Nationally, the homeownership rate is around 65%. The remaining households are renters. In Southern California, it’s the inverse: 63% of the households in Los Angeles are renter-occupied. The region’s low homeownership rate reflects decades of practical and policy-driven barriers to new supply, resulting in exorbitant housing prices and a region-wide shortage of affordable housing.

    Rising mortgage interest rates only exacerbate this problem, making homeownership that much more expensive and unattainable for a majority of households in Los Angeles.

    As described above, the lack of affordable home ownership opportunities in Southern California has created a permanent renter class in the region. These renters by necessity are growing in size —and looking to live in the relatively affordable types of workforce housing that Paladin provides.

  9. Construction cost inflation further heightens the many barriers to new housing supply in greater Southern California, widening the competitive cost advantage of our SoCal apartment strategy.

    Southern California is already one of the most challenging markets to develop new housing supply. It takes several years and an enormous amount of speculative capital investment to assemble the land, obtain development approvals, and defend against inevitable environmental lawsuits and neighborhood opposition before a developer can even put a shovel in the ground. Meanwhile, material and labor costs have continued to climb, as has the cost of debt. This makes new construction that much more prohibitively expensive for most developers. Those who do succeed in launching construction on a new housing project are often forced to target rents at the highest price point in order to make any reasonable return on their investment. This market targets “renters by choice” rather than “renters by necessity.”

    The high barriers to entry of the SoCal housing market give Paladin’s Class B/C rental apartments a significant competitive advantage. The all-in cost basis for our typical apartment property, including renovation and repositioning costs, is often a 50% discount to replacement cost (i.e., the cost of building a new property). For context, it can cost $750,000 or more per unit to build new rental apartments in Los Angeles. By contrast, our cost basis is typically closer to $250,000 to $375,000 per unit, including renovation costs.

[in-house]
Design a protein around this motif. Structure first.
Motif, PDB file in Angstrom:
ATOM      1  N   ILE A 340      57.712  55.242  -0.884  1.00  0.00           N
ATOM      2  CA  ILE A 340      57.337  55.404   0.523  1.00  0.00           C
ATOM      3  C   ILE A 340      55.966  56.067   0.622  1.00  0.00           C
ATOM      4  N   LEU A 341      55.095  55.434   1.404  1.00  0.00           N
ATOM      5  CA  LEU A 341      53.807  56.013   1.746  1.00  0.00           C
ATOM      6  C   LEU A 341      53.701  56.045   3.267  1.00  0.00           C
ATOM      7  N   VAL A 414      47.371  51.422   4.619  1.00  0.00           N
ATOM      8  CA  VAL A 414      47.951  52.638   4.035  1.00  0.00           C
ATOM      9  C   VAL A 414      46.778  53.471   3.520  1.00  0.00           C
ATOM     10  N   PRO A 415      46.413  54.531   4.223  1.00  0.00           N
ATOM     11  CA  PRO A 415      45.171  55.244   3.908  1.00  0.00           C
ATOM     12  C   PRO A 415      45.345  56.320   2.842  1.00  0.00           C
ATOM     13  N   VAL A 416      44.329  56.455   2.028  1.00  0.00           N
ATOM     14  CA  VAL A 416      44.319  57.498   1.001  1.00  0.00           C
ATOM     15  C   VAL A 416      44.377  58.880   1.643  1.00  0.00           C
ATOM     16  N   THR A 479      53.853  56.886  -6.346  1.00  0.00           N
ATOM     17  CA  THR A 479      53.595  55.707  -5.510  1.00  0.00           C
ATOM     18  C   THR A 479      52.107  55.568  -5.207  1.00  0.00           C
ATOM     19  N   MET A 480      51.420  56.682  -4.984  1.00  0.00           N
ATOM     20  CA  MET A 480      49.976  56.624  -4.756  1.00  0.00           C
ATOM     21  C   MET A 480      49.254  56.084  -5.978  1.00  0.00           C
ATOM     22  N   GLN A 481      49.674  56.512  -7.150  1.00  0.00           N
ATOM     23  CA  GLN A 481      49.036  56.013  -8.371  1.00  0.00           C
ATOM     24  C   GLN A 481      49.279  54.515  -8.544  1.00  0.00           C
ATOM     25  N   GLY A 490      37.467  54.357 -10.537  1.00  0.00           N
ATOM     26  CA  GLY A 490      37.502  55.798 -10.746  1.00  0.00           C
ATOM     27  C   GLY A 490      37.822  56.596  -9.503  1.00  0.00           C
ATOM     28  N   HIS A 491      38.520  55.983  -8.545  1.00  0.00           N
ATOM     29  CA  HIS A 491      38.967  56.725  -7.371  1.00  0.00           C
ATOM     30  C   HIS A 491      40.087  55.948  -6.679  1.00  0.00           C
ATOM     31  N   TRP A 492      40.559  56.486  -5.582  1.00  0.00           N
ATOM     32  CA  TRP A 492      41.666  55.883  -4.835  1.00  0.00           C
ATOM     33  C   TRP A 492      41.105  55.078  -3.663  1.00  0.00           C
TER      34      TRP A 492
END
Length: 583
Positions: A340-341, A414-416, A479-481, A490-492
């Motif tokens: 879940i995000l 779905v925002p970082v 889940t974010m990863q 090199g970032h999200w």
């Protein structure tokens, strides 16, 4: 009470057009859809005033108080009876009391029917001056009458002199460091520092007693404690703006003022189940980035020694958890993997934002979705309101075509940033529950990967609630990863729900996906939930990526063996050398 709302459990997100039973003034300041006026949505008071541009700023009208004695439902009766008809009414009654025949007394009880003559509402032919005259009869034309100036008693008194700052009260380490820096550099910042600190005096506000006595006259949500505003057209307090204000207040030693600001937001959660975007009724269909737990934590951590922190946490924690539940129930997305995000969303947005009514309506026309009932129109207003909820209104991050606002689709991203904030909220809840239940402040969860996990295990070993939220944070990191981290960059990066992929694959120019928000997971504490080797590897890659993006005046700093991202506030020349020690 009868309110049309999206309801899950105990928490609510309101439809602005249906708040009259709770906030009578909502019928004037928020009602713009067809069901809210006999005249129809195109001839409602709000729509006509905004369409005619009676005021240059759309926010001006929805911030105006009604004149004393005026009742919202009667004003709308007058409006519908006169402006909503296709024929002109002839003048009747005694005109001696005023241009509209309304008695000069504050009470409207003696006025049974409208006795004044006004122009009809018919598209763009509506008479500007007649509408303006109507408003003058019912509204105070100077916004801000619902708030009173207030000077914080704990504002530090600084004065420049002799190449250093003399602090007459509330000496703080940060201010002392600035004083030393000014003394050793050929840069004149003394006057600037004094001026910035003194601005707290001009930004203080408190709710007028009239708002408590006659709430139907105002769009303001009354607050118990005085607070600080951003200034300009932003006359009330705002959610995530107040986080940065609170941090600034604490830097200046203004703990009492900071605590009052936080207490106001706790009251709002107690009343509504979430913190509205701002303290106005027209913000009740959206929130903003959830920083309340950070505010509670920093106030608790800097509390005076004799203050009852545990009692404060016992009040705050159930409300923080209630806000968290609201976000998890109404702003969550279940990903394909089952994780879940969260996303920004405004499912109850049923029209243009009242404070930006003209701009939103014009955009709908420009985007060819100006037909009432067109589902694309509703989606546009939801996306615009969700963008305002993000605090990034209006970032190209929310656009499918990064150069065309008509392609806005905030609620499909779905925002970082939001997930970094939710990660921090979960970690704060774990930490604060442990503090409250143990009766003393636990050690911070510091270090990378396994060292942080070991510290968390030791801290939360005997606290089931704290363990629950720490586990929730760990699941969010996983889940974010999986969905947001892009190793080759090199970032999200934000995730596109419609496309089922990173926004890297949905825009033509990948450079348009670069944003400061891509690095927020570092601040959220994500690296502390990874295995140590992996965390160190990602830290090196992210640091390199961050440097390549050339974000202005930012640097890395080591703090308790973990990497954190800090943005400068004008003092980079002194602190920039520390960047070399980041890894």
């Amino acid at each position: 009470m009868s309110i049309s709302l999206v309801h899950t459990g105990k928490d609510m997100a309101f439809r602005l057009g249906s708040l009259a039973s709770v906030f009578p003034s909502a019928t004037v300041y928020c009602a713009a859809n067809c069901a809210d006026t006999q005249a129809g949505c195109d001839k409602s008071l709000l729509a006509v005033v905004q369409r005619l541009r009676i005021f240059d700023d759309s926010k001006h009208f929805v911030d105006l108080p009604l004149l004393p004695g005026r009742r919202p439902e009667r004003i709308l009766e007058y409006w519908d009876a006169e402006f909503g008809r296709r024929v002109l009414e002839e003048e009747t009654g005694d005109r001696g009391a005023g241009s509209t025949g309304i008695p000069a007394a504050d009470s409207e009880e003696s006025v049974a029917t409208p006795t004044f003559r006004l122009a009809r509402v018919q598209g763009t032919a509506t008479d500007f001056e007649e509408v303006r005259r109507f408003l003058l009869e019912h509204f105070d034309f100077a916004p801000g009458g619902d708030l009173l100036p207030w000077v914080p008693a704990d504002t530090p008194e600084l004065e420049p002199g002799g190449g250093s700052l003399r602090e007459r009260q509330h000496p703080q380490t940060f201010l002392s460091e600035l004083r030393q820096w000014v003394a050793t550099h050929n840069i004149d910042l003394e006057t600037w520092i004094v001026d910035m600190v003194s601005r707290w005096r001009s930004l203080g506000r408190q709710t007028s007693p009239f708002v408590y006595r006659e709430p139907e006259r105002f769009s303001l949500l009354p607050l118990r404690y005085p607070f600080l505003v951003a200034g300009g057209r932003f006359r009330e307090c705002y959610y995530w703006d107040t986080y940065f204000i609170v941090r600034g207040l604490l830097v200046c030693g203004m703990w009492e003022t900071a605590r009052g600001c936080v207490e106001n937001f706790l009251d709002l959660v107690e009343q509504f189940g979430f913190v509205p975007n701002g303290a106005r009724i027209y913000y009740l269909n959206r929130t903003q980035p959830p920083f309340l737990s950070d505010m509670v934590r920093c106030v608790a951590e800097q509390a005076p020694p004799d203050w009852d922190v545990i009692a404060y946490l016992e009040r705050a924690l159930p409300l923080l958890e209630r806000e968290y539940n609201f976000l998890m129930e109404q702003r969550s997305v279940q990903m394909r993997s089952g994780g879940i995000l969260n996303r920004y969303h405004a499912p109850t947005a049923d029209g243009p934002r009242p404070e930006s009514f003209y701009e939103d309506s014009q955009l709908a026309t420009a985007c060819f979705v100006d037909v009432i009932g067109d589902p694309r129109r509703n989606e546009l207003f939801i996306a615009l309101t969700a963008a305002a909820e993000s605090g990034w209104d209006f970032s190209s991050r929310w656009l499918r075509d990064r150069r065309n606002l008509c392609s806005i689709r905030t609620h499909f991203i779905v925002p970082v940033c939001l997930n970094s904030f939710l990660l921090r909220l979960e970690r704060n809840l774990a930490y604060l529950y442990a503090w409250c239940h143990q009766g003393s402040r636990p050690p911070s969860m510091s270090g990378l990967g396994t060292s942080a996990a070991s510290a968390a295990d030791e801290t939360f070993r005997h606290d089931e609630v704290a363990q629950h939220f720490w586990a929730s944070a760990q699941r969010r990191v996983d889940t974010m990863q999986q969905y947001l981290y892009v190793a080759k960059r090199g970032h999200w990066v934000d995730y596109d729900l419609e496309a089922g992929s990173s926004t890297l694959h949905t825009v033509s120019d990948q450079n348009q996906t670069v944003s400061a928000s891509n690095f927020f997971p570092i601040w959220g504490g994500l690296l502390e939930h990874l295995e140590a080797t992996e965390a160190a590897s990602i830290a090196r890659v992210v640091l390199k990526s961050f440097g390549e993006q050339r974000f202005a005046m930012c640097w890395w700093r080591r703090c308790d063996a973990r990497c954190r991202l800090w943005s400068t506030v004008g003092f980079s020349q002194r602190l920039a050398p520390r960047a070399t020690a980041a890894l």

10. Assets acquired in a high interest rate environment today should benefit when rates eventually decline.

    Interest rates have more than doubled over the past year, but rates will eventually come down and stabilize. Investors who buy properties at higher cap rates in the coming months should benefit when rates decrease and normalize – even if not back to the historically low levels we saw over the past decade. The combination of lower cost of capital and possible cap rate compression should have a powerful effect on equity returns for recently acquired properties when today’s cycle begins to moderate.


Given the recent dramatic increase in inflation and interest rates, including mortgage rates, Paladin’s acquisition strategy and business plans for its investments assume a likely probability of a recession in mid-2023 or early 2024. Fewer buyers are in the market, bidding wars are less frequent, and pricing is already starting to adjust to today’s higher cost of capital. The extent of any future recession remains to be seen, but it will certainly have an impact on all asset classes, properties and investors. That said, for the reasons we have outlined above, while we believe Paladin’s Southern California apartment strategy is well-positioned to weather the economic headwinds coming our way, we remain cautious as we watch the market adjust to the current reality.